Giving a U.S. Savings Bond as a gift is a popular way to commemorate a special occasion, such as a birthday, anniversary or graduation. They are a low-risk investment, since the bonds are backed by the full faith and credit of the U.S. government and there is no risk of loss to principal. U.S. Savings Bonds also provide special tax benefits for college savings.
The interest rates on Series I and Series EE U.S. Savings Bonds differ.
Both types of U.S. Savings Bonds earn interest for up to 30 years. Both types of bonds are now purchased at face value, so a $50 savings bond costs $50.
Each bond owner may buy no more than $10,000 of each type of U.S. Savings Bond per year. For example, each owner can buy up to $10,000 in Series I bonds and $10,000 in Series EE bonds. So a child’s father and mother could buy a total of $20,000 in Series I bonds and $20,000 in Series EE bonds per year. Note that these limits are per owner, not per beneficiary. There is no limit on savings bonds that can be accumulated for qualified educational expenses over time, as long as the bonds do not exceed the annual purchase limitations.
Series I and Series EE U.S. Savings Bonds are exempt from state and local income taxes. The interest on Series I and Series EE U.S. Savings Bonds may also be exempt from federal income tax when the bonds are used to pay for qualified higher education expenses or when rolled over into a 529 college savings plan, prepaid tuition plan or Coverdell education savings account.
The Education Bond Program provides this special federal income tax treatment on Series EE U.S. Savings Bonds issued on or after January 1, 1990 and on all Series I U.S. Savings Bonds. A parent must be the owner of the U.S. Savings Bonds and the bonds must have been issued when the owner is 24 years old or older to qualify for the income tax exclusion.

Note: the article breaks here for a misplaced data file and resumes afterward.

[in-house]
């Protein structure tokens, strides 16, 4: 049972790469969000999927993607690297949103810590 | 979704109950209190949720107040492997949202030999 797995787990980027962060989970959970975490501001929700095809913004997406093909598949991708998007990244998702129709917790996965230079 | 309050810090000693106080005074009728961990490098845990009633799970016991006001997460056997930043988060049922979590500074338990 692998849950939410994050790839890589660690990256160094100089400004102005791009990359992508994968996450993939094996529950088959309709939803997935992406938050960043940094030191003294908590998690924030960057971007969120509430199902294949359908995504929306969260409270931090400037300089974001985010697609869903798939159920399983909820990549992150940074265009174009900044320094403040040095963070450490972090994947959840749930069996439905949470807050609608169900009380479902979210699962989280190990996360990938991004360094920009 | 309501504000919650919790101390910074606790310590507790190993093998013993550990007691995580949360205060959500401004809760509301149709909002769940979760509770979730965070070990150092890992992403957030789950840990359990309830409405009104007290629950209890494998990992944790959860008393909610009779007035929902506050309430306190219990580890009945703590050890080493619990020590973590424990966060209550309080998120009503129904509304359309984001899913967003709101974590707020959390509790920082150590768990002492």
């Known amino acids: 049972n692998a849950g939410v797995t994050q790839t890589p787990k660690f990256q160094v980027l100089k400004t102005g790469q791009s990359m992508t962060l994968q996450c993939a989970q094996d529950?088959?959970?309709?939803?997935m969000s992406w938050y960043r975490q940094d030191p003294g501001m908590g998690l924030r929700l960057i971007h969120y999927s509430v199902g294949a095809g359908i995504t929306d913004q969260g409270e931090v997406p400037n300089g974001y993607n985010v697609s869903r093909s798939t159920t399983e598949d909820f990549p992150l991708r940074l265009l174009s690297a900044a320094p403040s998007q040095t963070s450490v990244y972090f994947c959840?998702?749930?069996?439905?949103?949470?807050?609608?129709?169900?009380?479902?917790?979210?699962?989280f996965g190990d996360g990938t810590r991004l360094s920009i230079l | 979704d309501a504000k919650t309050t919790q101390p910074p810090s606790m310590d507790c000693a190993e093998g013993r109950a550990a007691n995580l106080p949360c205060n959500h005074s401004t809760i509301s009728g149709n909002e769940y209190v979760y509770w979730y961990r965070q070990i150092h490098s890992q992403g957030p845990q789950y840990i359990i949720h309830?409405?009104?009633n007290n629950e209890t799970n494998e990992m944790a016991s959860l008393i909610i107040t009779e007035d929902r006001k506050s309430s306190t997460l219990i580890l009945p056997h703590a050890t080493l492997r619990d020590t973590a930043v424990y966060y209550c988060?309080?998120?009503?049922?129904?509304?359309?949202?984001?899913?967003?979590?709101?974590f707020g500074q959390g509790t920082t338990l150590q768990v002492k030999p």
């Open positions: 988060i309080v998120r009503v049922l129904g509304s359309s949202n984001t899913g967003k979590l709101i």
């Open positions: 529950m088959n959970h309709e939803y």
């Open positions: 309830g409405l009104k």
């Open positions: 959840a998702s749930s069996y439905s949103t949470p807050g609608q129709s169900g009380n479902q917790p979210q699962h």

Investors who are considering U.S. Savings Bonds because the interest may be excluded from income when the bonds are used to pay for certain college costs should note that this special tax treatment is subject to income phase-outs. If the bond owner’s income is likely to exceed the income phase-outs, it may be advisable to roll the bonds into a 529 college savings plan, prepaid tuition plan or Coverdell education savings account while the bond owner’s income is still below the income phase-outs. The tax-free treatment of 529 college savings plans, prepaid tuition plans and Coverdell education savings accounts is not subject to income phase-outs. Savings bond holders can elect to pay tax on interest annually, as it accrues, or defer the tax until the bond is redeemed or stops earning interest at final maturity.
Treasury Direct provides gift certificates that can be customized and printed to tell the recipient about the gift of a U.S. Savings Bond.
Other types of U.S. Treasuries, such as Treasury Inflation-Indexed Securities (TIPS) and Zero Coupon Bonds (STRIPS), are not eligible for the education bond program. The interest on these securities is subject to federal income tax even if the securities are used to pay for qualified higher education expenses.
These securities are also higher-risk, because they are marketable bonds that can be bought and sold on the open market. The value of the bond will fluctuate with changes in prevailing interest rates. Interest rates and bond prices move in opposite directions. When the interest rates rise, the price of an existing longer-term bond will decrease. Bonds that are closer to maturity, such as short-term bonds, are less at risk of loss to principal since one can always hold the bond until it matures to sell it for the full principal value.
More information about U.S. Savings Bonds may be obtained by calling 1-800-4US-BOND (1-800-487-2663), sending email to SavBonds@bpd.treas.gov or visiting www.savingsbonds.gov.
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